Bradman sailed for England with the 1930 Australian team under a new skipper, Bill Woodfull. Cricket would henceforth never be the same again, and the name Bradman would be the first to be written down in the record books forever. It seemed the whole of England was waiting eagerly to see the young sensation in action. From the moment the Australians touched shore in Southampton, there was an air of expectancy. When he made his first appearance at Worcester, Bradman was filmed by Movietone News.
It did not take long for him to dispel all the doubts about his ability to cope with English conditions. He scored a splendid 236 against Worcestershire, and followed it up with an unbeaten 185 versus Leicestershire. Not long after, Bradman hammered an unbeaten 252 in four hours at the Oval. The opponents were Surrey, led by the cynical Percy Fender. Bradman had made his point. As John Woodcock wrote in The Times, London, “Fender had some amending to do. As Surrey’s captain he found that setting a field to Bradman, whether in England or anywhere else, was like trying to cage the wind.” For good measure Bradman hammered the Hampshire bowlers for 191.
To score a thousand runs before the end of May was a true test of batting technique in often cold, wet and dismal conditions, with the ball darting about in the air and off the seam. Bradman became the youngest to achieve this coveted feat between April 30 and May 31. That was the appetizer. The main course was to follow soon.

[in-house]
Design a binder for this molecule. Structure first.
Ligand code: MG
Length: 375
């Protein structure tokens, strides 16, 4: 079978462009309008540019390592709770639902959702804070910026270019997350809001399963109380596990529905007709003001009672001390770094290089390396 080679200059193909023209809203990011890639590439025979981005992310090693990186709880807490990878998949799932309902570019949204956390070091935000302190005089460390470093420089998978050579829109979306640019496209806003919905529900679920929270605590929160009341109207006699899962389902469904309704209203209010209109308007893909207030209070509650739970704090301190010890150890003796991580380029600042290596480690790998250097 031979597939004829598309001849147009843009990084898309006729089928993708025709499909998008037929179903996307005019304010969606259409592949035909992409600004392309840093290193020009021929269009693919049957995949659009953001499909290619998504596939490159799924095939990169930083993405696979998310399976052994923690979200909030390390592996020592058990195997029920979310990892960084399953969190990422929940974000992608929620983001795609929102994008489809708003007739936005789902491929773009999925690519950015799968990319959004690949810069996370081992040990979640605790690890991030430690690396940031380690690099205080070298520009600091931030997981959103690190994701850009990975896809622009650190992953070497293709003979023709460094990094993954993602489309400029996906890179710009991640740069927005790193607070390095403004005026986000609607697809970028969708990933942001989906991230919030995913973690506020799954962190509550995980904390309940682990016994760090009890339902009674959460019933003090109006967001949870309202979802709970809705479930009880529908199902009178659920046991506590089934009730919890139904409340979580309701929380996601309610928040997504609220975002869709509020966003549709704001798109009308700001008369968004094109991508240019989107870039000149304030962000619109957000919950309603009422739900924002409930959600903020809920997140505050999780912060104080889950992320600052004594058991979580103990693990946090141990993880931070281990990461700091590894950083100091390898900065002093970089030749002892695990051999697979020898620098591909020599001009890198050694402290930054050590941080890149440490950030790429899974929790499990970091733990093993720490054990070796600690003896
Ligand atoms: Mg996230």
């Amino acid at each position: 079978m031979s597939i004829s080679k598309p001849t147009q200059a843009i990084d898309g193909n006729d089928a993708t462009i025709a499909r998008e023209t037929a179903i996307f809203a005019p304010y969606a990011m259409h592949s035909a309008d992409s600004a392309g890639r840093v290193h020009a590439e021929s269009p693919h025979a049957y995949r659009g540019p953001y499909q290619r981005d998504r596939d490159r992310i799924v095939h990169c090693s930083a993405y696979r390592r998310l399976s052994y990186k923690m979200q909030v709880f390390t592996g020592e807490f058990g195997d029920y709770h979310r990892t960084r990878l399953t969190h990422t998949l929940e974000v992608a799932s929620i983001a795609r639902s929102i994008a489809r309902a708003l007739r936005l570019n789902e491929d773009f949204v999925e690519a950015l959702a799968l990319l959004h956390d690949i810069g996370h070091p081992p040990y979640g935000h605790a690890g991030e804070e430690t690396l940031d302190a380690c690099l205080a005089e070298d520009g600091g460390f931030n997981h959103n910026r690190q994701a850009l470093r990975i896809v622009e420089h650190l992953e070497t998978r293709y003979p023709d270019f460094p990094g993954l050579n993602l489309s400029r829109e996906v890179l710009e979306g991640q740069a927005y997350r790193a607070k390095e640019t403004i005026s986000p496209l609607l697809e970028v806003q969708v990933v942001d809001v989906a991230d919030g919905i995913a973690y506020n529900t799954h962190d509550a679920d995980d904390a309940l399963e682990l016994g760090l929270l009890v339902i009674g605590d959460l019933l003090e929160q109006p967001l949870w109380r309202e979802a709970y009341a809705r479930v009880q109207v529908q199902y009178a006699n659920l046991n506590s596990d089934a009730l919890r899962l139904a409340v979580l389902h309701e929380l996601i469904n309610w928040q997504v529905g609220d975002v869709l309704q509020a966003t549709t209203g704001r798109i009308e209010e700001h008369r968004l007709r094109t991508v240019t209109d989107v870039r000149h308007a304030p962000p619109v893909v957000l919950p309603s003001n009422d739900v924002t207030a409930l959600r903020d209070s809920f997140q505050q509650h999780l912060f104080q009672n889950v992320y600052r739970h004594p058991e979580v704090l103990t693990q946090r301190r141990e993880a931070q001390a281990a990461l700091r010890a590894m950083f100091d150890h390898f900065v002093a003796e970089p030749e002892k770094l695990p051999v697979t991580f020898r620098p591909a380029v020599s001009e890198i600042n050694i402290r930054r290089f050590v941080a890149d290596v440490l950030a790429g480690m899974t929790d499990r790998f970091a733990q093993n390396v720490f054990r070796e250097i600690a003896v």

On his first Test appearance in England at Trent Bridge – also the first Test to be broadcast on radio – Maurice Tate dismissed him cheaply, just as he had done on debut in Brisbane, this time castling him for 8. But in the second innings Bradman played a splendid hand in adversity. Faced with a daunting target of 429 runs, Woodfull was dismissed by Larwood with just 12 on the board. Bradman, now promoted to no. 3, shared useful stands with Ponsford, Kippax and Stan McCabe. He brought up his third Test century. Having scored 131 of the 217 runs while he was at the crease, Bradman was bowled by Walter Robins. With him went Australia’s hopes, and they were beaten by 93 runs. This was, however, just the beginning of the Bradman summer of 1930.
(Author Indra Vikram Singh can be contacted on email firstname.lastname@example.org).
‘Don’s Century’, published by Sporting Links, ISBN 978-81-901668-5-0.
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